Optical properties of fabricated silver gratings inside a hydrogel
Figure 4 shows the bright-field microscope images of three silver gratings fabricated inside the hydrogels. The scanning speed and the laser power during the fabrication were 200 μm/s and 16.5 mW, respectively. The spacing between adjacent lines in these patterns is 10 μm (Fig. 4a), 5 μm (Fig. 4b), and 2 μm (Fig. 4c). The lines were found to be homogenous in all three gratings; however, it was difficult to discriminate several adjacent lines in the case of the grating period of 2 μm (Fig. 4c). This could be either due to the limitation in the optical resolution of the microscope or due to difficulty in forming isolated line structures because of the relative sizes of the focal spot diameter and the grating period. Additionally, the effect caused by the absorption cross section of the silver line structure needs to be considered, as the sizes of the line structures are in sub-micrometers37.
To evaluate the optical properties of the fabricated grating, we obtained the optical diffraction patterns using a CW laser. The schematic experimental arrangement is illustrated in Fig. 5. After fabrication of the silver grating, the hydrogel together with the grating was immersed in pure water and then placed on a glass-bottom dish immediately before optical evaluation. The laser beam (He-Ne) of wavelength 633 nm was incident on the top side of the grating fabricated within the hydrogel. The diffraction pattern of the light was projected on a screen placed below the hydrogel-containing dish. Figure 6a and b represent the bright-field microscope image of silver grating (10-μm period) fabricated within the hydrogel and its diffraction pattern obtained on the screen, respectively. The white arrows in Fig. 6b indicate the spots of the diffraction pattern. The spots were found to be equally spaced and the distance between the spots was measured to be ~6.2 mm. The diffraction spots were observed up to the 3rd order. The formation of equidistant spots validates the periodicity of the silver grating with a uniform silver line width. From applying the diffraction equation38 to the paraxial regime, the distance between the diffraction spots Δx was theoretically estimated to be 6.3 mm using the equation given below:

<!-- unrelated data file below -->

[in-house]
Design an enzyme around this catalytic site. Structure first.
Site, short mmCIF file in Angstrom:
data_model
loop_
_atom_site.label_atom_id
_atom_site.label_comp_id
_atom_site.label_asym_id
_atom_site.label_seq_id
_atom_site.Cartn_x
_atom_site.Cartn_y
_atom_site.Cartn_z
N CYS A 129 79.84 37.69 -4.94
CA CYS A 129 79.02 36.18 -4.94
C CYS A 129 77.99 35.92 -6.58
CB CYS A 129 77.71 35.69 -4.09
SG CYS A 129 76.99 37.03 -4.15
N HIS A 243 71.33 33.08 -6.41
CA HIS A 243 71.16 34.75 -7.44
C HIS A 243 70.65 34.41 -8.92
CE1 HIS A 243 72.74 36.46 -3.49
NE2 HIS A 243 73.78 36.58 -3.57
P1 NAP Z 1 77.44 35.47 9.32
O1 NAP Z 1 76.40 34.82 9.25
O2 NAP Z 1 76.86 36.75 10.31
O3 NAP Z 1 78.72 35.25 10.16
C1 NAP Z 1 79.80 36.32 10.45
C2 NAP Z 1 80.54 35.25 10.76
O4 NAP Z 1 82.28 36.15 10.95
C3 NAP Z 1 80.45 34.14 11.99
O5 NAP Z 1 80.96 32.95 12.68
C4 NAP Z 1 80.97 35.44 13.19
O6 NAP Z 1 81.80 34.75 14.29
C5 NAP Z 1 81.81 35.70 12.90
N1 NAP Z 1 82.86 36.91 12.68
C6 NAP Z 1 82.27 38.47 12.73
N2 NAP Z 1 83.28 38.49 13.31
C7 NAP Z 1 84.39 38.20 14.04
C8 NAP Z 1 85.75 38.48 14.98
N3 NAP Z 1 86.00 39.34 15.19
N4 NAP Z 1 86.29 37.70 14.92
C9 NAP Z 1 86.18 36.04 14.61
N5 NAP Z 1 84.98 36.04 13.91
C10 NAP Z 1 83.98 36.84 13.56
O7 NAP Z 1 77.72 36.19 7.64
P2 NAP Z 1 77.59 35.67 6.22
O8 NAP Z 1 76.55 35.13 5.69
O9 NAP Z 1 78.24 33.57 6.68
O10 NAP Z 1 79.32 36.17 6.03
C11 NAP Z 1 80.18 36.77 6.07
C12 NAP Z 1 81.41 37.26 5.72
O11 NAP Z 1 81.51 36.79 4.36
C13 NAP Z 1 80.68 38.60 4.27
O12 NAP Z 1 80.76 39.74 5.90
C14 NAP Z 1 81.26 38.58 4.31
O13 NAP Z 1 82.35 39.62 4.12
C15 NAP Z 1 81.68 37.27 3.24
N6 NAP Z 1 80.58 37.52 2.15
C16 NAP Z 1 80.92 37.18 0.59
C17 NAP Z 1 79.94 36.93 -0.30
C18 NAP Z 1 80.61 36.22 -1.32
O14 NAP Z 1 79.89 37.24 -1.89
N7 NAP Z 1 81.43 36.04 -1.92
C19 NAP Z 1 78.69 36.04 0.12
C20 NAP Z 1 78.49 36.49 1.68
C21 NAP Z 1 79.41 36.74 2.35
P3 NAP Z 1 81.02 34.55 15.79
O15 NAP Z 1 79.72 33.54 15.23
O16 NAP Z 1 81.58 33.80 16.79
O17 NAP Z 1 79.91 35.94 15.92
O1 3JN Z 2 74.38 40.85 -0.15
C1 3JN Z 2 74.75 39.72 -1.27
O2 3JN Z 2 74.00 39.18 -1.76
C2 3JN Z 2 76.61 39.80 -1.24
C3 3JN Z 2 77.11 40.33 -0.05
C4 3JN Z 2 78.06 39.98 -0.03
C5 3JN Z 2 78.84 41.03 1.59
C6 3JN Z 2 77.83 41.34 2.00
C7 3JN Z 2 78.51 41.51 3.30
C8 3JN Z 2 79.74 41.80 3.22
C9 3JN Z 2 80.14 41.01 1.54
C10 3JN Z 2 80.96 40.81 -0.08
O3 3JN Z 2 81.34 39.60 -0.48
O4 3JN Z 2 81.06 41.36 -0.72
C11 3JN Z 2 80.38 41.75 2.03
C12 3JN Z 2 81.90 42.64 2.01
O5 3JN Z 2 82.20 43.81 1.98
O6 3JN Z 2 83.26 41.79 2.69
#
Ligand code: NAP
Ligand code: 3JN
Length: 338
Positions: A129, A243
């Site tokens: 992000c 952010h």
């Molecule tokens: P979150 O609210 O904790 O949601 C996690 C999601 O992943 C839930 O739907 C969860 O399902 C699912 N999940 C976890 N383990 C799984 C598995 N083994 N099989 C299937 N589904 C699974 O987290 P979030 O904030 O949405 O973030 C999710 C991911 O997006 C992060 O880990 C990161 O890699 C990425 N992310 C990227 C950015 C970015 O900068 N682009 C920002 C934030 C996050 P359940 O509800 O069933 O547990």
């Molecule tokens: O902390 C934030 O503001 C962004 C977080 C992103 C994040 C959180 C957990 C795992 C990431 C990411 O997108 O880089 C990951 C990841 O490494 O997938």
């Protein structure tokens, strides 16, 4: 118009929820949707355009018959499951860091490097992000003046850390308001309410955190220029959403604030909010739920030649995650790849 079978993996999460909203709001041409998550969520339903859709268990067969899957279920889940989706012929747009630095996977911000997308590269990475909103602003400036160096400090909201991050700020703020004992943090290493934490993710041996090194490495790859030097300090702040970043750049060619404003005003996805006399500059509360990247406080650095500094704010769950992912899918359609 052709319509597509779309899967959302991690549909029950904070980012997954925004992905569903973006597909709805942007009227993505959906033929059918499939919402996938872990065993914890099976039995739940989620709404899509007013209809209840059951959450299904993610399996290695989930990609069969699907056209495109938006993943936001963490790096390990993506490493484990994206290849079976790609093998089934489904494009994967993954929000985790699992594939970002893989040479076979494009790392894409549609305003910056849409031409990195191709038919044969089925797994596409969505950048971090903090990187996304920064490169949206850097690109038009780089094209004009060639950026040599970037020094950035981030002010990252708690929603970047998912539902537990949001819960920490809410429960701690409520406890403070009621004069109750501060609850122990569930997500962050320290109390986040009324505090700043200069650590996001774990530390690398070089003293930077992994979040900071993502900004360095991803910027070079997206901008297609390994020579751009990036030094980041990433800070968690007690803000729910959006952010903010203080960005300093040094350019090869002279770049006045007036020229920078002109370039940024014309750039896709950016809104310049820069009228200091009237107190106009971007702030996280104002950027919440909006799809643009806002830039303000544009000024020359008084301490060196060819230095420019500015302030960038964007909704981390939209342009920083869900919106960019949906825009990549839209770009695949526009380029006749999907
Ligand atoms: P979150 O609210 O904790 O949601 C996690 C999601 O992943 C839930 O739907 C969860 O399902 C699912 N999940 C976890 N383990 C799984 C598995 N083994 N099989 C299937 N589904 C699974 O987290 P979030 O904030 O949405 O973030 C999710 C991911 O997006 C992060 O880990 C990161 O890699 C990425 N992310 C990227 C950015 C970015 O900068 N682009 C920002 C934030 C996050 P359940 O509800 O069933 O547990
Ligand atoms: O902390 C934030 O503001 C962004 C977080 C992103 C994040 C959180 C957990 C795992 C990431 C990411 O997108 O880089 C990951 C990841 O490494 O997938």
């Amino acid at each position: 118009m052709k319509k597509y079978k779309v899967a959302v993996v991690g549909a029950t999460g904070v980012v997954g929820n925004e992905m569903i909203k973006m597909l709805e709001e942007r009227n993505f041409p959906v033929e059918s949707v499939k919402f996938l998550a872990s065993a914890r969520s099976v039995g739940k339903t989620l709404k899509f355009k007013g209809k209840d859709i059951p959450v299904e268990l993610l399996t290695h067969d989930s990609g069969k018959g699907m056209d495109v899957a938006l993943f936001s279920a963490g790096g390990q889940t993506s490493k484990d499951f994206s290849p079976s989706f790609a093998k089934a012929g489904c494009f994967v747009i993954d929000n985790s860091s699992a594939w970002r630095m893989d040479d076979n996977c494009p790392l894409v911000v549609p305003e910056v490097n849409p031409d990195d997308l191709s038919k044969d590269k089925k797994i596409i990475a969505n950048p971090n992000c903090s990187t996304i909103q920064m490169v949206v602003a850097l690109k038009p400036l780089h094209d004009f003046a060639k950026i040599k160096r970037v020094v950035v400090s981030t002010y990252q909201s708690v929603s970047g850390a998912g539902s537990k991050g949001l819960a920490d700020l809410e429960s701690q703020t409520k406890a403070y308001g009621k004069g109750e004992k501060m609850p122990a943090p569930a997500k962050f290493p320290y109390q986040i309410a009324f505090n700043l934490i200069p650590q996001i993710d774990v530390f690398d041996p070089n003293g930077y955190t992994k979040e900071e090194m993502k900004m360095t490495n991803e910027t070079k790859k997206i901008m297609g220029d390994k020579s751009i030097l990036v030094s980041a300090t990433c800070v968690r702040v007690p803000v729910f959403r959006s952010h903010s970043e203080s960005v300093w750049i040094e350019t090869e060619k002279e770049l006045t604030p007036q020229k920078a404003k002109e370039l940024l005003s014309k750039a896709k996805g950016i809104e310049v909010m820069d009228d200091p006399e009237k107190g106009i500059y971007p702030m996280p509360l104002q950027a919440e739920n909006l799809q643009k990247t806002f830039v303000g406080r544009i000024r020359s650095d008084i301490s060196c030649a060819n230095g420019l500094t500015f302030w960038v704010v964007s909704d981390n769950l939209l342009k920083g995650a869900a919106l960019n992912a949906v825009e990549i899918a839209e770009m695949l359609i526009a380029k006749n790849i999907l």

where L is the distance between the fabricated grating and the screen, λ is the wavelength of the incident laser light in air, and d is the grating period. The difference between the experimental and theoretical values was relatively small (~2%).